There has to be a good reason; no one working with their hands for 70+ hours a week would choose to do an extra 10 hours of labour a week if they could avoid it. But I know from experience that, in my world, if you don’t do laundry for months at a time, nothing bad happens to you.

What did I do instead of laundry? I’ve taken a few options, some of which would have been available to poor humans now or in the past:

  1. wash clothing with the excess soapy water that falls off me in the shower (not available to them)
  2. turn clothing inside out and leave it outside (requires a lot of socks but before the 19th century no one was wearing socks anyway)

The second you would think poor people could do pretty easily. I used my porch, which got sun and wind and blew away, over time, most of the smells

So what’s the reason they couldn’t do that? I have a few theories.

  • They laboured with their bodies, getting much sweatier than I do at my computer.
  • Bugs and germs were more prevalent in their environment and got in their clothing if it weren’t soaped — or at least exposed to ammonia rising off the castle pissing grounds.
  • They got dirtier, muddier, muckier. But why would you need to deal with that?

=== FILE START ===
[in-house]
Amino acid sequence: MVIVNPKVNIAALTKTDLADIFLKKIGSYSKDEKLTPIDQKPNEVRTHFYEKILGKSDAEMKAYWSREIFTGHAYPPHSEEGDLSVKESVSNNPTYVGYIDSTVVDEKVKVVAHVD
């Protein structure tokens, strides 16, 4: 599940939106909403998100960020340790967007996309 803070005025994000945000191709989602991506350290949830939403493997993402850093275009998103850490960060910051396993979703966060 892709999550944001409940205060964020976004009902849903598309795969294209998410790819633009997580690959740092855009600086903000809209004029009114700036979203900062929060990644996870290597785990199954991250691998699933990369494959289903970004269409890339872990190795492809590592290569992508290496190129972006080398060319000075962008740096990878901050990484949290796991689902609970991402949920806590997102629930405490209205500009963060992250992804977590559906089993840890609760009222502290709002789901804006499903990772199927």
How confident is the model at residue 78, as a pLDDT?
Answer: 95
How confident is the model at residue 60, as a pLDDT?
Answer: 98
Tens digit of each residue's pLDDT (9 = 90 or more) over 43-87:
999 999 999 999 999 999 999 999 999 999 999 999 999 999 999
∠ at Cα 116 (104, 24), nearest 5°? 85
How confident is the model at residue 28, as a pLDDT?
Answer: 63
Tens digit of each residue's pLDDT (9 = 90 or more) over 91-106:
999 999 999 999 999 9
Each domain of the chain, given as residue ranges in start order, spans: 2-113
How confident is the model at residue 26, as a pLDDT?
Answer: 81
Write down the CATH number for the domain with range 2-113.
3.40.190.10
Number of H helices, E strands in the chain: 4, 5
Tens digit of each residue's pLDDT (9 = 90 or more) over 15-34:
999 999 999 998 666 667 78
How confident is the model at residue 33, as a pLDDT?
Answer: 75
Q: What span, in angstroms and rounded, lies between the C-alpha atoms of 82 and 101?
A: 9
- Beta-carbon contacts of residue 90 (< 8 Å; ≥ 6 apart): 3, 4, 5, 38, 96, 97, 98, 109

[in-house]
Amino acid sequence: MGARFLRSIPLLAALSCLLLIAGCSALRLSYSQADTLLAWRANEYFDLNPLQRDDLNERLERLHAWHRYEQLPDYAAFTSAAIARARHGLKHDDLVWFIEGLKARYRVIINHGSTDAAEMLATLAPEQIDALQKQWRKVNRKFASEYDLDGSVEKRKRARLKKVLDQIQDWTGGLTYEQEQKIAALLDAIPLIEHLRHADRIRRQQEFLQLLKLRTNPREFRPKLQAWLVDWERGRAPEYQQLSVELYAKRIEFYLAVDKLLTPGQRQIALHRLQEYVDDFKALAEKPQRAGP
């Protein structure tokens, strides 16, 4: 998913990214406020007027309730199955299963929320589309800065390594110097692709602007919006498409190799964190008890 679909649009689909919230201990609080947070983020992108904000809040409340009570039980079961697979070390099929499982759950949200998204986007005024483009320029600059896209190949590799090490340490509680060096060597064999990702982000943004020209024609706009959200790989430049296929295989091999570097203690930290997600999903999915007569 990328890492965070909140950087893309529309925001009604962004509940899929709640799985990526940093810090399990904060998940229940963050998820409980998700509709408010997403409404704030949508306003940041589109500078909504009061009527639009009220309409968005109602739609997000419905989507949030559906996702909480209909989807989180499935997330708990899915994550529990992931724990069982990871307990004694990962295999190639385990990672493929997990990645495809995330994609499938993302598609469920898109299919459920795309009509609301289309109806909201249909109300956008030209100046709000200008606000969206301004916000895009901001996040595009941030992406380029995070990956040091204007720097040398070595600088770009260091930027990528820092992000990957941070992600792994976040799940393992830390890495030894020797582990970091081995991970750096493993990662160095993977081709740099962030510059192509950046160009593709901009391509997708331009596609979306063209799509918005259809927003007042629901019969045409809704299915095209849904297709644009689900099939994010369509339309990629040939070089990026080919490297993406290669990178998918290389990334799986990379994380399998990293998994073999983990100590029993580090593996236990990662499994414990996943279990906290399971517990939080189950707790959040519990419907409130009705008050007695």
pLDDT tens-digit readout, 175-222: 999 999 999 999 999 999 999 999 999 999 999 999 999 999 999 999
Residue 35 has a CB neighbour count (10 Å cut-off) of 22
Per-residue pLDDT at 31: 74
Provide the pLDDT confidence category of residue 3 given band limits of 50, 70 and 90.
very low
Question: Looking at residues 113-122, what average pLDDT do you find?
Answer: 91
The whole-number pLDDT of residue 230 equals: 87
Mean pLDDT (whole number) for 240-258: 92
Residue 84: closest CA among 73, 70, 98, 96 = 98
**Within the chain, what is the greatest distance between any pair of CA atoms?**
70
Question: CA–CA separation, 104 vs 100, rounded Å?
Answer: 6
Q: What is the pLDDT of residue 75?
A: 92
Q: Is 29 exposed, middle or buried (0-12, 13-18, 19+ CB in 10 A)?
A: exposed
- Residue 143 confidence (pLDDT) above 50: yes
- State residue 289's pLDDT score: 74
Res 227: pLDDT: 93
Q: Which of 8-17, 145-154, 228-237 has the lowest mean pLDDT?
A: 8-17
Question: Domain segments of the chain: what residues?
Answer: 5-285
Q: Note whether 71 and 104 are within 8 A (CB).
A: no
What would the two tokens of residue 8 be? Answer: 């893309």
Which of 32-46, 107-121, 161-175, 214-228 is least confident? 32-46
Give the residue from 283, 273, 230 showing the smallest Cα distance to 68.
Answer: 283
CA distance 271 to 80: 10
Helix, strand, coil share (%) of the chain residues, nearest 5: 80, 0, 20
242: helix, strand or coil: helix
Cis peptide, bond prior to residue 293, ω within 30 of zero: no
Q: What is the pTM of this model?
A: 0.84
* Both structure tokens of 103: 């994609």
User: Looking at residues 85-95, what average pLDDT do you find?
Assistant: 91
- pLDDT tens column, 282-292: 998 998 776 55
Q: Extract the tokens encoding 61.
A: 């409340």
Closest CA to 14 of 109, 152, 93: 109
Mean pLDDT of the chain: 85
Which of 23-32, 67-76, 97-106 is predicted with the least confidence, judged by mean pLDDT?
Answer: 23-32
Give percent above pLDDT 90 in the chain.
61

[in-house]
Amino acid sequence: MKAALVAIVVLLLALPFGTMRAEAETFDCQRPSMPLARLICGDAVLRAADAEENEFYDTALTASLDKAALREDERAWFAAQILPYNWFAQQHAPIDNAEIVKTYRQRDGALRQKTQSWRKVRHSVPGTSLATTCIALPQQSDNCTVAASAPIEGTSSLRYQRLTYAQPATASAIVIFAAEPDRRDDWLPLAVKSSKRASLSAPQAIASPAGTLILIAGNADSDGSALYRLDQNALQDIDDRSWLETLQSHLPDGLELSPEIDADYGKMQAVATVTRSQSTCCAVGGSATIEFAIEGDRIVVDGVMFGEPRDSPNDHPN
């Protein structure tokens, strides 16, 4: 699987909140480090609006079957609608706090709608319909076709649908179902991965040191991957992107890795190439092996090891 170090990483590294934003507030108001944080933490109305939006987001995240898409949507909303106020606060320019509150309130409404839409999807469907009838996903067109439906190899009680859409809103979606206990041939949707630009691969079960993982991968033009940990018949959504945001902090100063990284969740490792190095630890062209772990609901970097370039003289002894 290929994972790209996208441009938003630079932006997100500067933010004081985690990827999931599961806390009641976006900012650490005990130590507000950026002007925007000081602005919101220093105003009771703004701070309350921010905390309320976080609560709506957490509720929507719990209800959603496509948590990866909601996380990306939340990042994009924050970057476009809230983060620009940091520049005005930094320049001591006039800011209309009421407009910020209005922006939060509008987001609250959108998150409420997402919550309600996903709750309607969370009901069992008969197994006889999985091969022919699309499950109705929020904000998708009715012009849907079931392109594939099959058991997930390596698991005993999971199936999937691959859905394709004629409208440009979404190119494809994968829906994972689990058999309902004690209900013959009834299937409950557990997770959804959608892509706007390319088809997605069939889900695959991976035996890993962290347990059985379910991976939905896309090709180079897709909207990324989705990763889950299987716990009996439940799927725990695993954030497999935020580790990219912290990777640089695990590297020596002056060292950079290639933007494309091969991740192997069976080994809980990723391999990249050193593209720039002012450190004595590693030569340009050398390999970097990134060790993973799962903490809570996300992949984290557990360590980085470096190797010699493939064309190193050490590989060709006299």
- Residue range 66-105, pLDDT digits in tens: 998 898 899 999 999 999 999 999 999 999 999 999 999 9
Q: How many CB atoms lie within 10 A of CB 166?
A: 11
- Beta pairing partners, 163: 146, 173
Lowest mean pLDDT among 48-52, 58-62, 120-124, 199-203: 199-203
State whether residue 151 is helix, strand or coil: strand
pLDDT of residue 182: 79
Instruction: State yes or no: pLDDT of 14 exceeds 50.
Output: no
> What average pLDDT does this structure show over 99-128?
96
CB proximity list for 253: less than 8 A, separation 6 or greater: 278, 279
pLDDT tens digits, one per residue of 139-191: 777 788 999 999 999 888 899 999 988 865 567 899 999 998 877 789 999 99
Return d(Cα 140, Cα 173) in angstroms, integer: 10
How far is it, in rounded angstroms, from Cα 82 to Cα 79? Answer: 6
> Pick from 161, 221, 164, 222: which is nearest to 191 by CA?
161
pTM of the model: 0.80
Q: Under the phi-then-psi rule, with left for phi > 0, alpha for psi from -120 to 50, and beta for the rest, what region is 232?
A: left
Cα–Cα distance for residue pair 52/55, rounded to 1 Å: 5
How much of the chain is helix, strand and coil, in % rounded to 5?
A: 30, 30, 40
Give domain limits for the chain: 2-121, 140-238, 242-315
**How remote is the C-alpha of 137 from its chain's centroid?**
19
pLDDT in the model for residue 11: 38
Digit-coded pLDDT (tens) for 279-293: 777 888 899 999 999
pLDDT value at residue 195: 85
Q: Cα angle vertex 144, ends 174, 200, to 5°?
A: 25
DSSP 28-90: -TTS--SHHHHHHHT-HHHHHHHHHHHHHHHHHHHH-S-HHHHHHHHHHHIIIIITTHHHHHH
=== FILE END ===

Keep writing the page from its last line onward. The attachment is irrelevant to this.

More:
• Having clean clothes raised your appeal to the opposite sex, and social status went along with that as it goes along with attractiveness today. Clean isn’t necessary; it’s just sexy (on average).

Anyway, I wonder if it isn’t the other changes to the modern OECD environment (reduction in bugs and reduction in manual labour) that made for the progress. Nowadays I just use the washer when I’ve exercised or played in the mud.

If the wash was always just a way of keeping up with the Joneses, however, then we can’t congratulate the washing machine for saving us necessary labour — it just helps us live out our autocompetitive rank obsessions in other ways now the elbow’s been surpassed on that dimension.

January 26, 2012

“They don’t have money for a gym membership. They don’t have money for a 24-hour gym pass. This is a ghetto pass. They work out in the ‘hood. A lot of these guys are creative, because they’ve been incarcerated. They know how to work out with [whatever’s around]. And you know, these guys are just as toned, just as ripped. They look better than some of the cats at any fitness club around the world.”

December 17, 2011

Rednecks by Randy Newman

May 23, 2011

Grothendieck came to consider the Institut des Hautes Etudes Scientifiques at Bures a gilded cage that kept him away from real life.

The solidarity of outcasts had created in him a strong feeling of compassion. Grothendieck had always been uncomfortable frequenting the “better” places and felt more at ease among the poor, even the impoverished.

The son of a militant anarchist who had devoted his life to revolution, Alexander lived as an outcast throughout his entire childhood. His home was always wide open to “stray cats”.

Pierre Cartier, A Mad Day’s Work. as quoted in Wer ist Alexander Grothendieck?

(I liberally rearranged the text.)